By Paul Weiss, President, The Oasis Institute
The COVID-19 pandemic has altered every element of American life, and to a large extent, no segment of the population has been more affected than older adults. Of course, the most obvious expression of this is that seniors are most vulnerable to severe symptoms of the disease. The only clear path to preventing infection is isolation, which presents its own barrage of mental and physical health risks. Seniors are silently suffering from incipient anxiety, depression, and nutritional deficiencies due to barriers of access to restaurants, supermarkets, and fresh produce. Health risks such as these, amplified by physical and social activity limitations, are documented as contributors to cognitive decline. These “secondary” consequences of seniors’ intensified isolation experience during this pandemic may produce some of the most problematic long-term effects.
Oasis singularly focuses on developing virtual solutions and educational resources and assistance to our participants for implementing them. Our new virtual center, Oasis Everywhere, accessed through www.oasiseverywhere.org, provides a rich catalog of live interactive lifelong learning and socially connecting programs. Oasis Connections offers instructional videos to help people with technical skill acquisition. Oasis Tutoring provides tutors opportunities to virtually mentor and assist with literacy skill enrichment of elementary school students. These pivots demonstrate the numerous ways we are continuing to deliver our successful-aging mission during this period of uncertainty and isolation for older adults. However, we know that older adults’ needs during this incredibly challenging period exceed the reach of even a broadly focused organization like Oasis. The need for a community of organizations focused on educating, providing service to, and recognizing older adults’ necessities is critical.
Recently, I had the opportunity to review the “Putting the ‘Me’ in Medicare” eBook, produced by Aetna® Medicare as “a guide to total health during the COVID-19 pandemic.” This thoughtful digital guide includes in-depth content on numerous topics ranging from nutrition in the “Eating healthy” chapter to mental health wellness, providing clickable links to resources for activities to stimulate your mind as well as advice for staying calm through the pandemic. The “Aging actively” section has a wealth of information, tips, and alternatives for exercising outside of a group setting, as well as a Q&A with U.S. figure skater Dorothy Hamill and a fitness tracker. “Living local” presents an alternate take on social distancing, supporting that it’s best to practice physical distancing, but vital to remain socially connected to your community, friends, and family—stressing the importance of adopting new ways to do so through the use of technology. There are tips for accessing technology to support your health, including instructions to join a Zoom call, Medicare resources for staying healthy, and more.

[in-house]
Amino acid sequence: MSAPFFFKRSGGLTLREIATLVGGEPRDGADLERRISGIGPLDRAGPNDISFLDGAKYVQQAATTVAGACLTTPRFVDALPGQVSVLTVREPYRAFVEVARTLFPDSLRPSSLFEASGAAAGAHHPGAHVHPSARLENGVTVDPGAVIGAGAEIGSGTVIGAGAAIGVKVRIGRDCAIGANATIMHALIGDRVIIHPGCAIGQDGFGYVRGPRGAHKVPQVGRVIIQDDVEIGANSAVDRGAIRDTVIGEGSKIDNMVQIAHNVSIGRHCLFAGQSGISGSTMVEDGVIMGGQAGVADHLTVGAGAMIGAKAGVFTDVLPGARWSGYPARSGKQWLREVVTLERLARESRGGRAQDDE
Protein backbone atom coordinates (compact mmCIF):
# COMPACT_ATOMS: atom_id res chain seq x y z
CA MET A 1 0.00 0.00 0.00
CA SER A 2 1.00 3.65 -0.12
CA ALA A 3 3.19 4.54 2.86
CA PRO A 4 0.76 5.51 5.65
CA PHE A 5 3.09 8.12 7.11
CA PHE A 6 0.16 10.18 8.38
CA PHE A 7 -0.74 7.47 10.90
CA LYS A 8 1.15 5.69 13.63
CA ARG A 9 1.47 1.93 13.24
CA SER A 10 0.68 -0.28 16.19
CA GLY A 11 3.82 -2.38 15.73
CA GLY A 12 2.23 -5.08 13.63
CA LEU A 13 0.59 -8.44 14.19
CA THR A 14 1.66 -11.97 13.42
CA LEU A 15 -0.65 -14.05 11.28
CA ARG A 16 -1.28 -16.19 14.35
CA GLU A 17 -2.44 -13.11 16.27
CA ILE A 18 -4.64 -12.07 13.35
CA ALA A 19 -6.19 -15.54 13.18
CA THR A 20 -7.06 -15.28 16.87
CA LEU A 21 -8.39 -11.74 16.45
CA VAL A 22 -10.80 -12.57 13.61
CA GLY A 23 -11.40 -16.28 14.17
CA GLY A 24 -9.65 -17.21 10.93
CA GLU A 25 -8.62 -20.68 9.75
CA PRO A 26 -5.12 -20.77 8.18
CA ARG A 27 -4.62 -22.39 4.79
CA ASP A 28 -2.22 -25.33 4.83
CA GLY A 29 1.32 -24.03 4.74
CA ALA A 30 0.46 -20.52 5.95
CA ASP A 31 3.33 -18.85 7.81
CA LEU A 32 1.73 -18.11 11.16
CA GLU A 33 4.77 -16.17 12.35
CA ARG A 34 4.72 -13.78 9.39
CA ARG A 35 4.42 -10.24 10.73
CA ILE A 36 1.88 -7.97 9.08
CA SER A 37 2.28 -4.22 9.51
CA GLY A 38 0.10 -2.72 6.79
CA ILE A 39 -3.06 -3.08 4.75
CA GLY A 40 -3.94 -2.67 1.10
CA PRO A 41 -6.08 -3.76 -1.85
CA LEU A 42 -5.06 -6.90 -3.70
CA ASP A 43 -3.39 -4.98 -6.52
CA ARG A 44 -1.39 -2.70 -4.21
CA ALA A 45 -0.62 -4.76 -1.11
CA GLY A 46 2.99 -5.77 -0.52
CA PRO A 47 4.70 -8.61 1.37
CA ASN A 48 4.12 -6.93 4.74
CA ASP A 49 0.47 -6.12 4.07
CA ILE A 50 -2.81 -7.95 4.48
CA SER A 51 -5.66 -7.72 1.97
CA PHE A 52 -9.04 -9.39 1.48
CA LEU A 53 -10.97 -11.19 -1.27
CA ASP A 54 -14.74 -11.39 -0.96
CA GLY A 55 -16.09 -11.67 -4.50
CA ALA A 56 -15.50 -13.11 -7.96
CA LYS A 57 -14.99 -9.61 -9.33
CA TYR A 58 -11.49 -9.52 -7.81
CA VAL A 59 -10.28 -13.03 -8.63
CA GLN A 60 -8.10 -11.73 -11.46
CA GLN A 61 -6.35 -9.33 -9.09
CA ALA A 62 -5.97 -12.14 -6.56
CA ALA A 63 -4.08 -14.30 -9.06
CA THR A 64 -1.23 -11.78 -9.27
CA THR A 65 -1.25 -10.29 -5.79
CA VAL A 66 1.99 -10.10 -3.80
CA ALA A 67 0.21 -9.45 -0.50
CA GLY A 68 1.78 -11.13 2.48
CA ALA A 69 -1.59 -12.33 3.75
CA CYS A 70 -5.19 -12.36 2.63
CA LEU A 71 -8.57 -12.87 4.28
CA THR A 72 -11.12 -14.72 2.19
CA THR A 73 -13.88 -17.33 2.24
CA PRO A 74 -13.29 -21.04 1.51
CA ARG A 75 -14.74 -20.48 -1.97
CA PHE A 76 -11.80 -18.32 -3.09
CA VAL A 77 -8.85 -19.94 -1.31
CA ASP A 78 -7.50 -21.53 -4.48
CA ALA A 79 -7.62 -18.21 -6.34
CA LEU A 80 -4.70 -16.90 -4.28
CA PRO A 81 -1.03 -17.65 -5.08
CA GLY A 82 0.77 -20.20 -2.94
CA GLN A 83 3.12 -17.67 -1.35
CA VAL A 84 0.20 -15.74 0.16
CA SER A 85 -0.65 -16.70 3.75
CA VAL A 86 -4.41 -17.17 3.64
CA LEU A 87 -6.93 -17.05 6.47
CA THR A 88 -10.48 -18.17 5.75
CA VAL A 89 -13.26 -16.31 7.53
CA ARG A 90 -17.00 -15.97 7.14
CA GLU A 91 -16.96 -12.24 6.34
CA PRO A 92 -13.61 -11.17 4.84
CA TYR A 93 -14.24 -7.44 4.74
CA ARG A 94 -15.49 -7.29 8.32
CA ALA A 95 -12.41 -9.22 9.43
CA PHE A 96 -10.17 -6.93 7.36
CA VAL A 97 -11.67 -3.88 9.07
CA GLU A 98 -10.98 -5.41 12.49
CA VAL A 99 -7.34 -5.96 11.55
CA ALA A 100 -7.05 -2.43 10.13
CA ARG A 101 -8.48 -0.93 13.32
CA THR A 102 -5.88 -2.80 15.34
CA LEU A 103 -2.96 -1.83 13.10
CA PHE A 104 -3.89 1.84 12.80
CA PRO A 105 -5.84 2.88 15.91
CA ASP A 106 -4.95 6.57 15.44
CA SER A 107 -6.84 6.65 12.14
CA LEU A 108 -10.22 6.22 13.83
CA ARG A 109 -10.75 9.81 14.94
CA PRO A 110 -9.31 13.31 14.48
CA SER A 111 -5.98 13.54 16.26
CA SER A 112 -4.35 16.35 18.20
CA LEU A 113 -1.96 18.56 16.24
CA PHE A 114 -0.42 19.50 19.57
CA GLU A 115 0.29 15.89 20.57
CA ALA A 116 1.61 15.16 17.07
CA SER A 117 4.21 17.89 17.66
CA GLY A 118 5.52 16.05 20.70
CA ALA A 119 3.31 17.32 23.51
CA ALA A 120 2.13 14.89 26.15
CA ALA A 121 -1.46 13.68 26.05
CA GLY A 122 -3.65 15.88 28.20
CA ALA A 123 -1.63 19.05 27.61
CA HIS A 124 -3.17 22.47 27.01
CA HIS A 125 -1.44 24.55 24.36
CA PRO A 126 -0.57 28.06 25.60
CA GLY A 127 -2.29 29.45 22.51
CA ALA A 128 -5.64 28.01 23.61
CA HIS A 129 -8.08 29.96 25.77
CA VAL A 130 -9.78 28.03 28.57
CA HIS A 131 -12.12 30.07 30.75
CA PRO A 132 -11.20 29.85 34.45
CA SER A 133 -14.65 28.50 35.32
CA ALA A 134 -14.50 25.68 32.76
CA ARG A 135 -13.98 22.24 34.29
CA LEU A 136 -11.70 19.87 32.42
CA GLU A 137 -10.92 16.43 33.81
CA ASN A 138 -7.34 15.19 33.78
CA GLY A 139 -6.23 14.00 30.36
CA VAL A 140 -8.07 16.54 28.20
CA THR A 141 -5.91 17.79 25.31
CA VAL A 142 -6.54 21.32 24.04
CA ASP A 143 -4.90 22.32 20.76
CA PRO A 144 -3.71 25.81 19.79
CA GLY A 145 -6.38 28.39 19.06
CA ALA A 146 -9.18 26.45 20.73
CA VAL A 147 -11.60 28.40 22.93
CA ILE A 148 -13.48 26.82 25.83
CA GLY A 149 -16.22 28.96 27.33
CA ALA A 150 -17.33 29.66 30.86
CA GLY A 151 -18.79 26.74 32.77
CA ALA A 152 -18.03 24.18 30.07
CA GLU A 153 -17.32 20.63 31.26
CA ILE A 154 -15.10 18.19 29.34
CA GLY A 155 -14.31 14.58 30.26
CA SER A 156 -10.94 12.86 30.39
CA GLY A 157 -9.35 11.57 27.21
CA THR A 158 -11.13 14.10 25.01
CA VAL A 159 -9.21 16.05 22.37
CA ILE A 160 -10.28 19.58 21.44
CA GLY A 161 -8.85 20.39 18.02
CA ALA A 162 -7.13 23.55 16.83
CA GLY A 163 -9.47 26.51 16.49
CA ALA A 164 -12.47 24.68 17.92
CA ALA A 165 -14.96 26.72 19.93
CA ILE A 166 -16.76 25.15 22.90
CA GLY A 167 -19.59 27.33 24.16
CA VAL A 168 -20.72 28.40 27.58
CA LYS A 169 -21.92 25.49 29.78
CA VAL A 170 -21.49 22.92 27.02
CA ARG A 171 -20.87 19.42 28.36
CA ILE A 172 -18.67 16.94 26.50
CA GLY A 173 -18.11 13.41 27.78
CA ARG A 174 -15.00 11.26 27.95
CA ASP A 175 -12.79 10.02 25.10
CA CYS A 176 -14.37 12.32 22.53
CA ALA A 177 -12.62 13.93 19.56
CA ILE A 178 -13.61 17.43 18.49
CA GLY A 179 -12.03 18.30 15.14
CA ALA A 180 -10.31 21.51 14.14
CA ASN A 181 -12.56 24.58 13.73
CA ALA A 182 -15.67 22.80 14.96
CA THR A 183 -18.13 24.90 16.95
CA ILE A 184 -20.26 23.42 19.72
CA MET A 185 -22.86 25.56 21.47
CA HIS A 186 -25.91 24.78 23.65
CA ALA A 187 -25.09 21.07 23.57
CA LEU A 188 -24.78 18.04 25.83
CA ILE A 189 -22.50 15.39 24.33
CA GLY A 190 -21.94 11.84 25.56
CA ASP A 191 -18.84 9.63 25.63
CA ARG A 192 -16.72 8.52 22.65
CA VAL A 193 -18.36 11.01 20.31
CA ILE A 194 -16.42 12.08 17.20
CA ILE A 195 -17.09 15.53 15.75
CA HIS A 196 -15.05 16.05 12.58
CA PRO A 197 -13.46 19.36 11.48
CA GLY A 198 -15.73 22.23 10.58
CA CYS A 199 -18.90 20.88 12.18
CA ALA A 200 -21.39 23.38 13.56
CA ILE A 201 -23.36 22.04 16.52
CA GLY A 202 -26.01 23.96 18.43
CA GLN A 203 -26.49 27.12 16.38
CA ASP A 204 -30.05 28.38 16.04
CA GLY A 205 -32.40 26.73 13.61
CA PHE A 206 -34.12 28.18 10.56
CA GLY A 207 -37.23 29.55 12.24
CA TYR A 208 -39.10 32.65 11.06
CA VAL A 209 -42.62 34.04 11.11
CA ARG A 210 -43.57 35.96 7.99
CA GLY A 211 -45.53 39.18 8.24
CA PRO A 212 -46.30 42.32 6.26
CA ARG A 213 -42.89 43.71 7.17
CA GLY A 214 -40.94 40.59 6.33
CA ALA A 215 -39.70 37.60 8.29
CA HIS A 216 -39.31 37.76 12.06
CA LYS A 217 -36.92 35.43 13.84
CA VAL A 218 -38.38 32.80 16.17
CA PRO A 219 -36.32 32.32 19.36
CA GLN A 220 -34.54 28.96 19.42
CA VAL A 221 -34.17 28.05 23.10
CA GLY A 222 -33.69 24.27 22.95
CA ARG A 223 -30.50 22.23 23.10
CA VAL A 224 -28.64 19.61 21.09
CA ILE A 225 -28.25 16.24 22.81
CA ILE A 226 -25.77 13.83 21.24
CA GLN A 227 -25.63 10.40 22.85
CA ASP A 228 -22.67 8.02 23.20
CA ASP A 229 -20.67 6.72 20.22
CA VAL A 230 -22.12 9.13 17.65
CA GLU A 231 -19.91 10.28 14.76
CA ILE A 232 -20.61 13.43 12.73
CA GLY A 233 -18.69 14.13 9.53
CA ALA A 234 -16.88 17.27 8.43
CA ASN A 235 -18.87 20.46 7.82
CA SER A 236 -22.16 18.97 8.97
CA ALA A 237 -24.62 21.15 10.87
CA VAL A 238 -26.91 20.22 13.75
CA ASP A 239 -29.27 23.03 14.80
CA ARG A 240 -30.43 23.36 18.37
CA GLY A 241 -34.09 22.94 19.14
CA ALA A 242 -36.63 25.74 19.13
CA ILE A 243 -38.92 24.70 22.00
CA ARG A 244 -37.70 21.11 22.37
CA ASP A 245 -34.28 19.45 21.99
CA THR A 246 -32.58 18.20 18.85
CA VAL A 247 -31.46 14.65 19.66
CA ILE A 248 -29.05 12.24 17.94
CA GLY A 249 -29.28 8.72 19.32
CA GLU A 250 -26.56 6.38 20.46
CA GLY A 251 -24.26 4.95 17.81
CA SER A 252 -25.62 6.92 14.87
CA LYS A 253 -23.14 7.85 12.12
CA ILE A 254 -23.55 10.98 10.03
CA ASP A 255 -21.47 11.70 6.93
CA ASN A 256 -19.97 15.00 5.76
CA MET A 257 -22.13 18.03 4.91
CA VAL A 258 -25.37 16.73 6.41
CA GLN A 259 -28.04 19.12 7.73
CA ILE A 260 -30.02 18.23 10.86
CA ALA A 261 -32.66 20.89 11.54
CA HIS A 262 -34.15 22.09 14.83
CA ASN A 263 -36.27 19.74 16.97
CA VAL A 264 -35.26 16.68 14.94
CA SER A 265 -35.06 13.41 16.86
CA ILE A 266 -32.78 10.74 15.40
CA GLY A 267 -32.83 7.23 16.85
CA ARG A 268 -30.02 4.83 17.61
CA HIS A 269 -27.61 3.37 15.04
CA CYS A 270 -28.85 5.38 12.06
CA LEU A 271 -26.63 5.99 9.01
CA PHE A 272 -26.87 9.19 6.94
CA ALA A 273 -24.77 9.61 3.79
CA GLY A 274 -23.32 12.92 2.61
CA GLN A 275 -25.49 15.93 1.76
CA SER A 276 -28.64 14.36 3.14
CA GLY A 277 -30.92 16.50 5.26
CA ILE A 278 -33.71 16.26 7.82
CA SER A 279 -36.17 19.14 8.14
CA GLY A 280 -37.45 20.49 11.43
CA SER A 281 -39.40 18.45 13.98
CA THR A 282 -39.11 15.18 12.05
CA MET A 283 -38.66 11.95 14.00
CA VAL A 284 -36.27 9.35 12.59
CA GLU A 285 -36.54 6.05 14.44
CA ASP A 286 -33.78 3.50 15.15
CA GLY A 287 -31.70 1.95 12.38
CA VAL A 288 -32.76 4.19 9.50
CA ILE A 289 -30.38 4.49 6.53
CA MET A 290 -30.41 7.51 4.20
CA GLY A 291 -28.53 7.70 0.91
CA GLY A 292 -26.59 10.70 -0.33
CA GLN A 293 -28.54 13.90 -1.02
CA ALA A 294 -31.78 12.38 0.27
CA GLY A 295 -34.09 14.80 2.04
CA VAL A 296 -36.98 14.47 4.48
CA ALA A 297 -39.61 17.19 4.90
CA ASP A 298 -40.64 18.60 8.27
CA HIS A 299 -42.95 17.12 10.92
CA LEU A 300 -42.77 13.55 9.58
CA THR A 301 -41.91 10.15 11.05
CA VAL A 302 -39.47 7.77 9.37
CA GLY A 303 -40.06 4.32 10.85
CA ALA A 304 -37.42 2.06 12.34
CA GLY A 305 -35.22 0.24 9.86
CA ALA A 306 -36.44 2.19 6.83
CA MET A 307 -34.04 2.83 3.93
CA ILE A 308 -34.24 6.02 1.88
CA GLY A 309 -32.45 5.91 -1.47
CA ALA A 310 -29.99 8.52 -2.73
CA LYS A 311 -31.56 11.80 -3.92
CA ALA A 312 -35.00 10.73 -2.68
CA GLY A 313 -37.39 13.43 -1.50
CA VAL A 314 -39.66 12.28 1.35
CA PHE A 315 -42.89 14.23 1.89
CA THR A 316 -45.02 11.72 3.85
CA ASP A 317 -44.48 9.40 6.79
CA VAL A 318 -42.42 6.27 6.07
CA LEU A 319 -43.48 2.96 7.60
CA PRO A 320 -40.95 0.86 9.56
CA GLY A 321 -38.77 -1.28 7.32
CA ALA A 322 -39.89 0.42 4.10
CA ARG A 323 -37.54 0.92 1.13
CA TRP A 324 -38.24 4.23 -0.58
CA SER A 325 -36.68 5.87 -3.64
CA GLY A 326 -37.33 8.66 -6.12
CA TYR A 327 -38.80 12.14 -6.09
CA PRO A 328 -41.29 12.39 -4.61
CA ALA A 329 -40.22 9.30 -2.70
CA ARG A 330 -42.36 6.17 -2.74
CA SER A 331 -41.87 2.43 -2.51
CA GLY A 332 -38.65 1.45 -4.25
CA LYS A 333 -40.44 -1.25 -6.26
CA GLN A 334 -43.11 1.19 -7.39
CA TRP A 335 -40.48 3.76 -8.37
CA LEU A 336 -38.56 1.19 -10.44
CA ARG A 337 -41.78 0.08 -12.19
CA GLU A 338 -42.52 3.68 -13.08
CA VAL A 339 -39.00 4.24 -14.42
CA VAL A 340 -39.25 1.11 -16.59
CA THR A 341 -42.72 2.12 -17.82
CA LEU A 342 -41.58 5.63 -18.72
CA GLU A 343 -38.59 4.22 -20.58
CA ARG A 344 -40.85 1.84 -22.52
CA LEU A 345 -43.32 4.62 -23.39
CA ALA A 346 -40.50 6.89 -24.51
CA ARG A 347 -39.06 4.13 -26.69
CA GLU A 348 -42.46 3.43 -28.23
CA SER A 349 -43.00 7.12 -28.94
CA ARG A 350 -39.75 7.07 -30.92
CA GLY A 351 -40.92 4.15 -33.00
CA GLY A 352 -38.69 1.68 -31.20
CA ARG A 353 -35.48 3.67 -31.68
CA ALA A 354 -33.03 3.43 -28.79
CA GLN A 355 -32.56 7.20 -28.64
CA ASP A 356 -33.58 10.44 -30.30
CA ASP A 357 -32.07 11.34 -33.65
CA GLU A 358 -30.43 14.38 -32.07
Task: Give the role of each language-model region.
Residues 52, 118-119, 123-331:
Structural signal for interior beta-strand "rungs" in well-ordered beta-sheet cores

The eBook is aesthetically pleasing to the eye and accessible to older adult readers, with large, brightly colored fonts (which can be enlarged in the browser), wide margins, sharp photography and graphics, and minimalist layout, making for smooth and simple navigation. It’s incredibly user-friendly, with linkable chapters and pages in the table of contents allowing the user to route through pages seamlessly.
More than just an informational guide, the Aetna eBook includes a plethora of resources, many of them with virtual options, for diving deeper into both health education and solution-finding subjects. The eBook is rich with links to food delivery services, healthy eating guides, and even telephone referral services for older adults with limited access to or lower confidence using technology.
The eBook notably addresses mental health in practical and thoughtful ways, providing validation to older adults about their feelings of loneliness and anxiety during the pandemic, and encouraging proactive behaviors to feel more connected and stimulated despite real feelings of isolation. The suggestions on exercise and movement for health during this period of lockdown and quarantine are practical and implementable. The sections on technology were an essential part of the eBook as Aetna embraces technology as a vehicle to combat isolation and gain access to crucial health resources. At Oasis, we believe strongly that older adults can acquire new technological skills. We’ve developed curricula targeted towards a late-adopter older adult audience, specifically to achieve that goal.
While no compact digital resource can cover all successful aging elements during a pandemic, Aetna’s eBook covers a tremendous amount of ground considerately and comprehensively. I am very encouraged to see a significant player in the health insurance and health solutions industry approach older adult policyholders with this class of resources— and it is so timely.